Changes in Alcohol Use During the COVID-19 Pandemic and Previous Pandemics: A Systematic Review
The objective of this study is to summarize the research on the relationships between exposure to the COVID-19 pandemic or previous pandemics and changes in alcohol use.
A systematic search of Medline and Embase was performed to identify cohort and cross-sectional population studies that examined changes in alcohol use during or following a pandemic compared to before a pandemic occurred.
Outcomes examined included differences in the volume and frequency of alcohol consumption and the frequencies of heavy episodic drinking [alcohol use] (HED) and alcohol-related problems during a pandemic compared to before a pandemic.
Quality assessment was performed using the Cochrane Risk of Bias Tool for Nonrandomized Studies. This study was performed according to the Preferred Reporting Items for Systematic Reviews and Meta-Analyses guidelines.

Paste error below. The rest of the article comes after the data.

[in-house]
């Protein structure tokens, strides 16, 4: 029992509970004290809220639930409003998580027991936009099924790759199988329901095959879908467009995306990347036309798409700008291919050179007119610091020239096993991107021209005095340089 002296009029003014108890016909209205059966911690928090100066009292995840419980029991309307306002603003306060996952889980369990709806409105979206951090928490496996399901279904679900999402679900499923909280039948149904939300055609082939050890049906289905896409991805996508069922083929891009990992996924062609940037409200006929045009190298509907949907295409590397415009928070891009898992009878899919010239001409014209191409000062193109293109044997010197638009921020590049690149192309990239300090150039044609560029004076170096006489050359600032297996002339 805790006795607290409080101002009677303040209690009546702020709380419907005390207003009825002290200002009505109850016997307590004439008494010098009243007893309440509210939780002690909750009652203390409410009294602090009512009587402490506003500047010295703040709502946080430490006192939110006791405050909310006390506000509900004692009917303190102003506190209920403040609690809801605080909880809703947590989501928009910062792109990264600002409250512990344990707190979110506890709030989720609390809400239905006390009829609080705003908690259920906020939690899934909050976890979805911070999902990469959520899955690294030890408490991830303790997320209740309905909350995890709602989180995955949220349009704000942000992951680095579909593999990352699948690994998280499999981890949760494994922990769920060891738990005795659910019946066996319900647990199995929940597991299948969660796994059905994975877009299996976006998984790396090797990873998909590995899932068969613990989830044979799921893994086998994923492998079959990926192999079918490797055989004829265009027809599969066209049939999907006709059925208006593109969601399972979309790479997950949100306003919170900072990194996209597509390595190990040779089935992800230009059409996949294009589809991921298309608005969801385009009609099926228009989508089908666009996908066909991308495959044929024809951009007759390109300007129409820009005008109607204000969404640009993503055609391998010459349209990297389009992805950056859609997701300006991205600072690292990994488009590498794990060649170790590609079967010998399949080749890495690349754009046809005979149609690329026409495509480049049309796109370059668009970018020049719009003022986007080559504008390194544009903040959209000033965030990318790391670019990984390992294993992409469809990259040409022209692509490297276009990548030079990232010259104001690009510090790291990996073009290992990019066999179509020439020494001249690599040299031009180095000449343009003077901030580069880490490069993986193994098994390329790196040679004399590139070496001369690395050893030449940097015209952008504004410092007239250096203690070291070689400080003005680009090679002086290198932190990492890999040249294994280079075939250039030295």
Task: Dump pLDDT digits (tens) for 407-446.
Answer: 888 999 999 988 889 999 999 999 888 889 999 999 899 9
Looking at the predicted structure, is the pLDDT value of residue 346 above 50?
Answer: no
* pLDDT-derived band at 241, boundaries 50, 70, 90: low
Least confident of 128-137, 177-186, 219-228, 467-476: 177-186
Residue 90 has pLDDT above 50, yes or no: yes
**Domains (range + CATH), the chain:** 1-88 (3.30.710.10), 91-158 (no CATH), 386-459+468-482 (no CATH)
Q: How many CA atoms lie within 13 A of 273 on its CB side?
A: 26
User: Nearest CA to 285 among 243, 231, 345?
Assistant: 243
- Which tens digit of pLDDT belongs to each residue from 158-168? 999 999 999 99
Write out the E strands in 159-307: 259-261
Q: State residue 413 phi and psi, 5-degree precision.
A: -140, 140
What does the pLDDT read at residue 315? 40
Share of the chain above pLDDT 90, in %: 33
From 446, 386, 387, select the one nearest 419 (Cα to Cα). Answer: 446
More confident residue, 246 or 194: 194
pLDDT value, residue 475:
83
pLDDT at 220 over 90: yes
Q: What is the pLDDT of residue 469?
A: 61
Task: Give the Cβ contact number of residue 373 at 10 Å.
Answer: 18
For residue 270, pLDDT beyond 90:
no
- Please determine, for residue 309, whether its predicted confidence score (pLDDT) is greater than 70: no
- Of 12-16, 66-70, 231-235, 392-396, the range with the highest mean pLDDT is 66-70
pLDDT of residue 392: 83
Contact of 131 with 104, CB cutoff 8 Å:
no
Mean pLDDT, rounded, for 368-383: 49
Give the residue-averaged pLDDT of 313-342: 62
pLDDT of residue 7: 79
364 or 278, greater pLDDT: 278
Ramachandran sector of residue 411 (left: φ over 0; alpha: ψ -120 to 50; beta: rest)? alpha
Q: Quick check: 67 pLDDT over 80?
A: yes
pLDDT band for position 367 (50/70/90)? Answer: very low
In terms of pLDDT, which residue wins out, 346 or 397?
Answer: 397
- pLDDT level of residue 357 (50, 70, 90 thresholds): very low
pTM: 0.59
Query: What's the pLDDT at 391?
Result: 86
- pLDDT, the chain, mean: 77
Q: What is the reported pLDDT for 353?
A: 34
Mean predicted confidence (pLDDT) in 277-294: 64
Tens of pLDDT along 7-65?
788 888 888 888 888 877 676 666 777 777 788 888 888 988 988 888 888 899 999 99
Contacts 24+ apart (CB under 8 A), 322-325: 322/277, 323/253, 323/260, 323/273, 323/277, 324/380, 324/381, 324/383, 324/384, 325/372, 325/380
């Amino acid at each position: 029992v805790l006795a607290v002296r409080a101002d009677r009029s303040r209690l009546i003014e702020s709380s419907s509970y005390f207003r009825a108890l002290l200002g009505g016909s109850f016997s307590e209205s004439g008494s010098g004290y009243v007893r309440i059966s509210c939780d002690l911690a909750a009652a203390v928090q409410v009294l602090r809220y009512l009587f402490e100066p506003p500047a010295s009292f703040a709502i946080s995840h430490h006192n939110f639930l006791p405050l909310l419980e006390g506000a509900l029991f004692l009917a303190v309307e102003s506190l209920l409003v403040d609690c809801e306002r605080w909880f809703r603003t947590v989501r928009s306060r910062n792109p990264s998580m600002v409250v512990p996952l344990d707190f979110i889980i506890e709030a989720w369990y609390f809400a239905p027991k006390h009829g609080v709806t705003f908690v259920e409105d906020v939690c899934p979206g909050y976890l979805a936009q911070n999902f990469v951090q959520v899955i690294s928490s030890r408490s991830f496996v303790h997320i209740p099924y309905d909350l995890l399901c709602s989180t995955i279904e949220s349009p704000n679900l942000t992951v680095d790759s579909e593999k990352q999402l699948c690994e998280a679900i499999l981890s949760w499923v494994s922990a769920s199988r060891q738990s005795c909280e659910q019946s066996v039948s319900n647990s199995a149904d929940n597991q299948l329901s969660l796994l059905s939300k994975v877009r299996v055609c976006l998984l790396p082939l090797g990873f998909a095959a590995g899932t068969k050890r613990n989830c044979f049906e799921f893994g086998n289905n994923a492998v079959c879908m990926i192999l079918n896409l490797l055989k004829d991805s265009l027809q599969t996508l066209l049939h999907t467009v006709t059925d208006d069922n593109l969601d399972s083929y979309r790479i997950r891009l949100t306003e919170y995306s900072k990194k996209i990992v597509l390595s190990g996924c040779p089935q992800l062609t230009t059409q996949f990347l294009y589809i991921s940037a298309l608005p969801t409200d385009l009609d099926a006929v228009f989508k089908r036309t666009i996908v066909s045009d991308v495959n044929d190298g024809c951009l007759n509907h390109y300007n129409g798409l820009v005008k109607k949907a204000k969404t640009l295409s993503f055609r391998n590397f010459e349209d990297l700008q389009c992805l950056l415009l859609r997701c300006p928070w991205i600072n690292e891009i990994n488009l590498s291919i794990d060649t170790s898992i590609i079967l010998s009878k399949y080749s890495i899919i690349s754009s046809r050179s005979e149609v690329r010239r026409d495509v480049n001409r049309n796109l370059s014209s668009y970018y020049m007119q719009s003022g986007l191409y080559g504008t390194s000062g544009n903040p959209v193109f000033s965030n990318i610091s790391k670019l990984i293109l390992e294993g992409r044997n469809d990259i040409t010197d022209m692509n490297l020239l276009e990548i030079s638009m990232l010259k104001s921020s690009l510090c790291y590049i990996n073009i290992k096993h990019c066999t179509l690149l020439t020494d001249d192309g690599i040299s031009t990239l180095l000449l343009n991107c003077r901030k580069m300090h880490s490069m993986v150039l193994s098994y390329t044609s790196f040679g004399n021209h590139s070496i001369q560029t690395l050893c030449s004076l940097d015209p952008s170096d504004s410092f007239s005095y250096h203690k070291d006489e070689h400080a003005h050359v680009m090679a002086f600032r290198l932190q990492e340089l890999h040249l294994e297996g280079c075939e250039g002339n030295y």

Results and conclusion
The search yielded 672 articles; 27 were included in the narrative review, of which 6 were cohort studies (all from high-income countries). A total of 259,188 participants were included. All cohort studies examined the impact of COVID-19 and associated pandemic-related policies, including social distancing and alcohol-specific policies, on alcohol use.
- Cohort studies demonstrated a consistent significant decrease in total alcohol consumption (Australia) and a significant increase in the frequency of alcohol use (United States).
- A significant decrease in the frequency of HED was observed in Australia and Spain but not in the United States.
- A significant increase in the proportion of people with problematic alcohol use was observed in the United Kingdom.
Initial insights into changes in alcohol use indicate substantial heterogeneity. Alcohol use may have decreased in some countries, while HED and the proportion of people with problematic alcohol use may have increased. The lack of high-quality studies from low- and middle-income countries reflects a dearth of information from countries inhabited by most of the world’s population.